Senate Majority Leader Harry Reid rang that alarm, accusing David and Charles Koch, billionaire industrialists who contribute huge money to conservative causes and candidates, of “trying to buy the country.”
[Image via Agence France-Presse]
New testimony adds 2 stunning — and previously unknown — details about the Ukraine extortion
New testimony released Monday from the House Intelligence Committee’s investigation of the Ukraine scandal included at least two new stunning details about the quid pro quo scheme at the heart of the matter.
Overall, the transcripts for depositions of Catherine Croft and Christopher Anderson, who were advisers to U.S. envoy Kurt Volker, built on the story of that we already know: that President Donald Trump pushed a shadow foreign policy to pressure Ukraine into investigating his political opponents, a scheme that involved using his office and military aid as leverage over the country in opposition to the official policy.
Trump blasted for his ‘Endorsement of Doom’ after Sean Spicer loses on ‘Dancing with the Stars’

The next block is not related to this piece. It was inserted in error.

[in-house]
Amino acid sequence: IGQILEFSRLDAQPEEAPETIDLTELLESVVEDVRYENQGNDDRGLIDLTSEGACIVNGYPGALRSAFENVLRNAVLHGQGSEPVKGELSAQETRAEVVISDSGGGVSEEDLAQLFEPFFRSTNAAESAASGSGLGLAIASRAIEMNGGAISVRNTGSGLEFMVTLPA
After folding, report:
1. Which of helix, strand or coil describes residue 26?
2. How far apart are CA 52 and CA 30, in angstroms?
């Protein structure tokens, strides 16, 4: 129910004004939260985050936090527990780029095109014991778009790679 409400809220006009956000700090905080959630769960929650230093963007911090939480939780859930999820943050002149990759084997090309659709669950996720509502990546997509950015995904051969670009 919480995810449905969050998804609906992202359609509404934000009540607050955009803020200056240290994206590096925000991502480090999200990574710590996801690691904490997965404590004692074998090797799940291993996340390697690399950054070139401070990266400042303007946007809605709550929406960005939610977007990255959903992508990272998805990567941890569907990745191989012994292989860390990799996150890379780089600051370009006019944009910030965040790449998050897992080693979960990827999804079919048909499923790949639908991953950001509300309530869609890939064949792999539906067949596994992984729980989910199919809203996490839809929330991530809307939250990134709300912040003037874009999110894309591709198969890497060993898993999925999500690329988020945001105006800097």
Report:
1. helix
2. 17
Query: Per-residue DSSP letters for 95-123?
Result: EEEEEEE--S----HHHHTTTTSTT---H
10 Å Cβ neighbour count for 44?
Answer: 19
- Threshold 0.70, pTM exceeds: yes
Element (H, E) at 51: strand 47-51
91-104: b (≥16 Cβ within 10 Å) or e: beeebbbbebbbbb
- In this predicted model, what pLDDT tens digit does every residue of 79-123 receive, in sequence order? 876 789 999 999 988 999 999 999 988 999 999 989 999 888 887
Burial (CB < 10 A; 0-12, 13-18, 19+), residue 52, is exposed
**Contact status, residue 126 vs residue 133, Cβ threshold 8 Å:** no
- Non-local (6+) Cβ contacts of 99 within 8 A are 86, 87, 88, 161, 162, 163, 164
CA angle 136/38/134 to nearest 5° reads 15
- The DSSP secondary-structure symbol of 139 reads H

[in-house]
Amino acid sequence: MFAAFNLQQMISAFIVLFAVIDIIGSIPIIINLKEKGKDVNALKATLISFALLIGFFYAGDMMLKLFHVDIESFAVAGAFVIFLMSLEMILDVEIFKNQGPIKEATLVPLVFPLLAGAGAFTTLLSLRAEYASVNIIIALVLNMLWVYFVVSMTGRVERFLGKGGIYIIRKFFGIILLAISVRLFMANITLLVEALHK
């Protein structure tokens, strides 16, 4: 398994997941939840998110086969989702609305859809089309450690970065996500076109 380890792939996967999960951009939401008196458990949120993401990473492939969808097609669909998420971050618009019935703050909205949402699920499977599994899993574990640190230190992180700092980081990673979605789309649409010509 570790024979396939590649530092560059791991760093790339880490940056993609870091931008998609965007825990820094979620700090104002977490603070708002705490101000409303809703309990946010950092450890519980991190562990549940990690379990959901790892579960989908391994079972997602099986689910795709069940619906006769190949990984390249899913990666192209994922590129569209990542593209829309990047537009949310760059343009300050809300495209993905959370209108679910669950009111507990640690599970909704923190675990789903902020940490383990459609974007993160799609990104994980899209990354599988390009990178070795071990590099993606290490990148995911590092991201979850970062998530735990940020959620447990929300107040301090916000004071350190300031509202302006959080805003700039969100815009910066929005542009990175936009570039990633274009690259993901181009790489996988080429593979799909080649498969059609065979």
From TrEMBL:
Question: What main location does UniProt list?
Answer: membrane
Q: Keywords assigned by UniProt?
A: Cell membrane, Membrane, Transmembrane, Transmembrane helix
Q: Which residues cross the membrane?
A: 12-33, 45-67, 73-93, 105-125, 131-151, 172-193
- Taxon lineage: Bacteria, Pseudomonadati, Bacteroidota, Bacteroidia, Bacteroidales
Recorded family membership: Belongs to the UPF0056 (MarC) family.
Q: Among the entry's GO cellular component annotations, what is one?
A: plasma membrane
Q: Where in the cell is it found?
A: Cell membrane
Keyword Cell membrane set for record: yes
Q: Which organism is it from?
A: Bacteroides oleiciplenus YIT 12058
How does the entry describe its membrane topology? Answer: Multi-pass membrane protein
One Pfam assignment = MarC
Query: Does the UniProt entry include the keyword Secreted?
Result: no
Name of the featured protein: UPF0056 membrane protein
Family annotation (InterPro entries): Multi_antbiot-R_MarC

Team Trump had gone all in urging supporters to vote for former White House press secretary Sean Spicer on the game show "Dancing with the Stars."
Votes had been urged by RNC officials and Trump himself had urged his 66 million Twitter followers to vote for Spicer.
Despite the full heft of the Trump campaign, Spicer lost on Monday's show.
Trump deleted his failed tweet urging votes for Spicer -- and instead said it was a "great try" by his former advisor.
Looks like this endorsement was as successful as your last one!
‘He’s misunderstood’: Nikki Haley tells Fox News how Trump is actually a really good listener
Former Ambassador to the U.N. Nikki Haley defended President Donald Trump during a Monday appearance with Fox News personality Sean Hannity.
Hannity asked the former South Carolina governor if Trump was "misunderstood."
"I do think he’s misunderstood," Haley replied.
"I can tell you, from the first day to the last day that I worked for the president, he always listened, he was always conscious of hearing other voices, allowing people to debate out the issues, and then he made his decision," Haley claimed.
She argued that, "I saw a president that was very thoughtful, looked at all of the issues, made decisions, and it was a pleasure and honor to work with him."